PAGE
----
Some of what you perceive as muscular or myofascial pain can be from decreased blood flow / oxygenation to an area. When a muscle is tight, active, and turned on it uses oxygen to create energy. If you can’t get enough oxygen to the tissue your body will switch energy systems that don’t require energy. This is a great short term fix but this anaerobic energy system leaves hydrogen as a cellular byproduct and increases the acidity in the blood. Your body doesn’t like acidic environments so it releases pain sensitizing chemicals that tell the brain something is wrong. It is a well designed protective system… That is unless you can’t get the muscle to relax or get blood flow to the area to flush things out.
With cupping therapy you can visibly see the blood flow changes to the skin and surrounding area as its happening. It is likely that this quick rush of blood is part of why you feel so light and airy after a cupping therapy session. More to come on that feeling later.
Part of being able to heal is the ability to clear out cellular waste products. When you get injured, inflammation rushes to the area to repair the damage. Imagine a home repair project, in the process of fixing things there is always a fair amount of trash left over that needs cleaned up. The immune system functions the same way. It repairs damaged cells but there is a host of waste that needs cleared out. Your body clears the waste product out through veins and lymphatic vessels. Think of your lymphatic vessels and veins as pipes that are used to flush out these waste products. The cellular waste byproducts will get filtered and the excreted out of the body. As you may imagine, problems might exist if something is restricting the flow of fluid through the pipes.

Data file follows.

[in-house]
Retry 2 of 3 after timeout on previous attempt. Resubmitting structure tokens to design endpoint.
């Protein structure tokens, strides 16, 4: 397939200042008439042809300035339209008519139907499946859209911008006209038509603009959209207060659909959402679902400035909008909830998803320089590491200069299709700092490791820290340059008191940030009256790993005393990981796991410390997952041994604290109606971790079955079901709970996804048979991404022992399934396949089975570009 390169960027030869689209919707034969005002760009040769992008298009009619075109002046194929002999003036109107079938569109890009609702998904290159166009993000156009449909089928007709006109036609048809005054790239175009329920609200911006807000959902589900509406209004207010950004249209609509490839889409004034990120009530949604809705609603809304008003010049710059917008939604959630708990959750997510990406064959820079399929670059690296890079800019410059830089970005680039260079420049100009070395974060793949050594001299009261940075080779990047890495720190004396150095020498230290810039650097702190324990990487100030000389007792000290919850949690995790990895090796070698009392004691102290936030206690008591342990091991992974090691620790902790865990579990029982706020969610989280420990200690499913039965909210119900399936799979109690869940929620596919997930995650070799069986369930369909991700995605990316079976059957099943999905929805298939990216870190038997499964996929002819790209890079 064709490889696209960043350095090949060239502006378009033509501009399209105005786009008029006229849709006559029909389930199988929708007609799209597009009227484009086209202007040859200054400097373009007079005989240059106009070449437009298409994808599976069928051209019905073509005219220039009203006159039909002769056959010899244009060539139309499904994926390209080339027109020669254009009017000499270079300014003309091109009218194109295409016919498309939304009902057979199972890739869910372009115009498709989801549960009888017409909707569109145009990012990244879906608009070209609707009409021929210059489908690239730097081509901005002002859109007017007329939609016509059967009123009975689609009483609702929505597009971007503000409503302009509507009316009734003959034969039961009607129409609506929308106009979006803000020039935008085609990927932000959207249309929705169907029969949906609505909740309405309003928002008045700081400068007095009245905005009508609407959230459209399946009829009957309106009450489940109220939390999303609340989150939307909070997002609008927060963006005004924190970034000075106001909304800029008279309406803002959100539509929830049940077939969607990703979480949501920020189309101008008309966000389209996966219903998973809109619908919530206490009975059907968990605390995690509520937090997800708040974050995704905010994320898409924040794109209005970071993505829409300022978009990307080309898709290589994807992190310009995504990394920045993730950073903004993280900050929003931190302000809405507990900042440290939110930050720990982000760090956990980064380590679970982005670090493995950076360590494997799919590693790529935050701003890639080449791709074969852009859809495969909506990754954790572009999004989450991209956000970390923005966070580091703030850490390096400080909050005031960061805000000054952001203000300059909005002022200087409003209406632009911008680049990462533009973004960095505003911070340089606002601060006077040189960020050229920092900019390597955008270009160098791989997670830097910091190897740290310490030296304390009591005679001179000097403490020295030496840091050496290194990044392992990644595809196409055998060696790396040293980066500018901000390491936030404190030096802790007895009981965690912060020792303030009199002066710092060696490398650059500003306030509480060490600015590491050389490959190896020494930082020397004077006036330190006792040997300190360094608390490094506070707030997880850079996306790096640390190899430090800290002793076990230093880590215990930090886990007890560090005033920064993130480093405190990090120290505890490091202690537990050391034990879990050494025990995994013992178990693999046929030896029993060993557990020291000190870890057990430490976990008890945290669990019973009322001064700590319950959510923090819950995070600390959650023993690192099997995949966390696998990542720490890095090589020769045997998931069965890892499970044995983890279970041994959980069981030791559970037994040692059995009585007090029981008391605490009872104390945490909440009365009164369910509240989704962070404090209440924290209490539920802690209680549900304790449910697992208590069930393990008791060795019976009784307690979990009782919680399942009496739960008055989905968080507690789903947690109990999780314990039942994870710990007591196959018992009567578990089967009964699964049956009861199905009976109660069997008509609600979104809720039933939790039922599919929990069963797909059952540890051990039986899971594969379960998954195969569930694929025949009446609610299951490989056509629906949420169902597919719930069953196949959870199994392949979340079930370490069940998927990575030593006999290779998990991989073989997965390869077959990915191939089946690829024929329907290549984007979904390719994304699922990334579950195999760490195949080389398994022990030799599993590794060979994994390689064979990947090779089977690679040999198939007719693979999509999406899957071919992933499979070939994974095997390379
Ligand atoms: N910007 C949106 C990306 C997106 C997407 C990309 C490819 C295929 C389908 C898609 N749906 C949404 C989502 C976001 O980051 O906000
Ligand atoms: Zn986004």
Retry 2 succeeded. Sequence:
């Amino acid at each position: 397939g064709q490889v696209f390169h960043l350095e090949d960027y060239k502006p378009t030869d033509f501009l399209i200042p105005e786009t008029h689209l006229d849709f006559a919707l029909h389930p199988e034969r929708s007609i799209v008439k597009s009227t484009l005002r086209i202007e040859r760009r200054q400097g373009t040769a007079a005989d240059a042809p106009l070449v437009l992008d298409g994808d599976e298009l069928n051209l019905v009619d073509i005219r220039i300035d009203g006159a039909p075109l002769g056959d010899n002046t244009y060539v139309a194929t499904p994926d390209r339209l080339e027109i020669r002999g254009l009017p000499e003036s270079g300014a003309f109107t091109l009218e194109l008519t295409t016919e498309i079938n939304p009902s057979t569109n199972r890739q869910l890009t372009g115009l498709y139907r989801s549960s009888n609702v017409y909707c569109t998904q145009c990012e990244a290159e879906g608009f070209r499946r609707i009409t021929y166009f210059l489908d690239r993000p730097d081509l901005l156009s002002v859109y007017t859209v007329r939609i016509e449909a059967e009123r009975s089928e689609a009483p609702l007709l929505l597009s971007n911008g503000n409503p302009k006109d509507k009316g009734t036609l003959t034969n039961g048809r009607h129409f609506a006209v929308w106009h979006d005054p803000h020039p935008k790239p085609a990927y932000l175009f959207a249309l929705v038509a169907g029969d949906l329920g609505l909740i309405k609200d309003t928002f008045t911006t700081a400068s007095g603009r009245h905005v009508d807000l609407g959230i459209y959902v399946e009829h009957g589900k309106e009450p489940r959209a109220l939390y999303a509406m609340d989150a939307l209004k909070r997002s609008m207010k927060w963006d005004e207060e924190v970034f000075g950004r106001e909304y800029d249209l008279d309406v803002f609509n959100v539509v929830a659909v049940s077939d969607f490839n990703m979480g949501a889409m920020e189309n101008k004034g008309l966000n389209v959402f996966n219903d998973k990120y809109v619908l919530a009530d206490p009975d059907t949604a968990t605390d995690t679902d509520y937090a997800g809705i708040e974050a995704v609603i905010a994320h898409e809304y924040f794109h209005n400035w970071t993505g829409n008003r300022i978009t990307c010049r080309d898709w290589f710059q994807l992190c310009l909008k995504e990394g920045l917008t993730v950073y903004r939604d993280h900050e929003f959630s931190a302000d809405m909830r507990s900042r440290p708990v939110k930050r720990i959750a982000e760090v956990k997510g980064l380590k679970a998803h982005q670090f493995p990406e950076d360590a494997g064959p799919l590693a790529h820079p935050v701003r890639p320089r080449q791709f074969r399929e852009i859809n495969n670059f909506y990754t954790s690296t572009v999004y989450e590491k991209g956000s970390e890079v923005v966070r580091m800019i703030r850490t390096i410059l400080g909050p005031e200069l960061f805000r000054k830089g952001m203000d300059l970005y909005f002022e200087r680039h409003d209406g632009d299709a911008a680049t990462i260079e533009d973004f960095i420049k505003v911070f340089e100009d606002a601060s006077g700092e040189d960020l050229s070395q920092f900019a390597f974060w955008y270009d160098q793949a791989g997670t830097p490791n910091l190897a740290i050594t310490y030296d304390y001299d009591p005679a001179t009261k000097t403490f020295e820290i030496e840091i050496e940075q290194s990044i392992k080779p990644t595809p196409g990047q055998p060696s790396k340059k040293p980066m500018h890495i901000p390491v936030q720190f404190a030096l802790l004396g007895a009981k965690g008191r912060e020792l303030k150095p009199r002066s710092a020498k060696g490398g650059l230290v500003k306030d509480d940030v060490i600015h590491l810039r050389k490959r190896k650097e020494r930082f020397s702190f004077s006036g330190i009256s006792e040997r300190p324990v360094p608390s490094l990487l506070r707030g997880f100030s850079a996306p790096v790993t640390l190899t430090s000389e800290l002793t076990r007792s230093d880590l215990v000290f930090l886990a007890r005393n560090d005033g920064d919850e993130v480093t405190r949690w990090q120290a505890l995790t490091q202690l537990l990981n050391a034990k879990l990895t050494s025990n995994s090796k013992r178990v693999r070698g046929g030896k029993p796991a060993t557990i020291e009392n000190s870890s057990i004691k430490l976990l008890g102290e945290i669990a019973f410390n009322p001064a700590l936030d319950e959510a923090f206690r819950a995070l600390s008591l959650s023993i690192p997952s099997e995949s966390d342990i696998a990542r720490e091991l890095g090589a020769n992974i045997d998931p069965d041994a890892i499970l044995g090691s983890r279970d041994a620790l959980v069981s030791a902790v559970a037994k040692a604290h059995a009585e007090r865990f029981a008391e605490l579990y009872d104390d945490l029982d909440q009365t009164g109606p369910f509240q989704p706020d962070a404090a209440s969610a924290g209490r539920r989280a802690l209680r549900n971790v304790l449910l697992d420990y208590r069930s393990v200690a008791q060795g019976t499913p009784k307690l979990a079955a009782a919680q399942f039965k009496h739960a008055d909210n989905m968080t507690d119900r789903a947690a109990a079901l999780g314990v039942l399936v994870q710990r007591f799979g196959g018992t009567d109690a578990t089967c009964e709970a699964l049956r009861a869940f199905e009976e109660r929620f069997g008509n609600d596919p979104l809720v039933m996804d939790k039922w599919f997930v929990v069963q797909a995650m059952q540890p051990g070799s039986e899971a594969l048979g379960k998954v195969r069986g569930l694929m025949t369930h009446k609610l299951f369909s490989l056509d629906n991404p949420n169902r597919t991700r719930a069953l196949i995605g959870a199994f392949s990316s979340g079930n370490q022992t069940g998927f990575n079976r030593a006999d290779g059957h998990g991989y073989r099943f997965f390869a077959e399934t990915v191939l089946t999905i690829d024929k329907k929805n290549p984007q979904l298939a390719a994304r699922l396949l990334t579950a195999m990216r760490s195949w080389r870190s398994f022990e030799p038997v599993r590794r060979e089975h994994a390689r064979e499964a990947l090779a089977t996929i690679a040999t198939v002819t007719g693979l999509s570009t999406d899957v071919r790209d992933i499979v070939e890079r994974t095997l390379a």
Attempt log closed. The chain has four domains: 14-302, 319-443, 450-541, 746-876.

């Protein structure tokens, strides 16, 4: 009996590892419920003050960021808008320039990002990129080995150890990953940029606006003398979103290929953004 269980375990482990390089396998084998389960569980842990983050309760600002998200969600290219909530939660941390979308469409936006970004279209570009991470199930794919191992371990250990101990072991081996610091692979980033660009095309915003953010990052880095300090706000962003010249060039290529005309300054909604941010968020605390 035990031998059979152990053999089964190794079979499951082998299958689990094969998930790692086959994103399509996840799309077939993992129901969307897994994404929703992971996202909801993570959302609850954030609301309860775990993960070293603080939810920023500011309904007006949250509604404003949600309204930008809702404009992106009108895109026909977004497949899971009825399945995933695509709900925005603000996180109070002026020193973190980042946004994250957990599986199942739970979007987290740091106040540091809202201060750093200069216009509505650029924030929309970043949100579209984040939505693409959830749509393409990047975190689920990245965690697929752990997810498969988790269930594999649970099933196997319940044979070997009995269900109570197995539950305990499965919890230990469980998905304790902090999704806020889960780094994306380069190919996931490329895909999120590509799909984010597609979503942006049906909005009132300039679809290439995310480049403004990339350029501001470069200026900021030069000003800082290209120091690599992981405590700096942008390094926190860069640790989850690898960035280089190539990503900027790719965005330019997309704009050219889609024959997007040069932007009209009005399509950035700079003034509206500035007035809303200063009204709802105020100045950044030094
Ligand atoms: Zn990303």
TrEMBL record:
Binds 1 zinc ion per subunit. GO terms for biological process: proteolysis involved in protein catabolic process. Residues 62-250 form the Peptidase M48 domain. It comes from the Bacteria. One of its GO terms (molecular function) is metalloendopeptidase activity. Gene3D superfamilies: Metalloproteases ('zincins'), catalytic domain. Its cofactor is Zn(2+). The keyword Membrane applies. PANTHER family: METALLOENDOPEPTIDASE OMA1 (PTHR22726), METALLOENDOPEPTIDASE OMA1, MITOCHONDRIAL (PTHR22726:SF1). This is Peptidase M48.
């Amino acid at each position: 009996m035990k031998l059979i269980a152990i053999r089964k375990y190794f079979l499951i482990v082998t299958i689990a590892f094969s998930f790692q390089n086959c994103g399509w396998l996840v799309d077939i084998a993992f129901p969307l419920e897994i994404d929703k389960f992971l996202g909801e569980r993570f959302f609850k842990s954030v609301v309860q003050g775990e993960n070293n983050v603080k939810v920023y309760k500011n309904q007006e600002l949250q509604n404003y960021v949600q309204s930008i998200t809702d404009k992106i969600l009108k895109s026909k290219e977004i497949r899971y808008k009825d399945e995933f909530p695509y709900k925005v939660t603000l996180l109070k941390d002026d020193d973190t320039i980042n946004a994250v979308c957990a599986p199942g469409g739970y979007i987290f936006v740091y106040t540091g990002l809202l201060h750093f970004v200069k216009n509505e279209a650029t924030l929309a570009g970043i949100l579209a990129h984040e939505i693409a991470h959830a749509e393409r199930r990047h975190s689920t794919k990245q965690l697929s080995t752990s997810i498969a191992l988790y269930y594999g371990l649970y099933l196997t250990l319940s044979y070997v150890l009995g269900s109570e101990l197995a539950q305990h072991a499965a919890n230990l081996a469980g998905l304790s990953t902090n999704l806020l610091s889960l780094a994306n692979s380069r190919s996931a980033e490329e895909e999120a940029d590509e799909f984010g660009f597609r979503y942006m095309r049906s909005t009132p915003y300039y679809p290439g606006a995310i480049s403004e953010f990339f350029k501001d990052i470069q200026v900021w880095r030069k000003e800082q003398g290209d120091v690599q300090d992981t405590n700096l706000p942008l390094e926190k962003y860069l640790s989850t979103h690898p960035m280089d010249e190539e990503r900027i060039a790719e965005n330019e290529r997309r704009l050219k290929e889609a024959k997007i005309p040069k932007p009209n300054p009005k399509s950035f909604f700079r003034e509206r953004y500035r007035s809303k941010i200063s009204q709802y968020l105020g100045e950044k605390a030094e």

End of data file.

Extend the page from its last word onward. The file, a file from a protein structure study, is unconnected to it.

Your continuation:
This is 100% my theory but we know that in the presence of pain the sympathetic nervous system, or your fight or flight mode, kicks in. This can cause changes in the tone of the skin and surrounding tissue. The veins and lymphatic vessels live very close to the surface of the skin. My theory is that as a part of that sympathetic response that causes tight muscles and skin we also end up with blocked drain pipes. Now when the repair is done you have no way to get rid of the trash.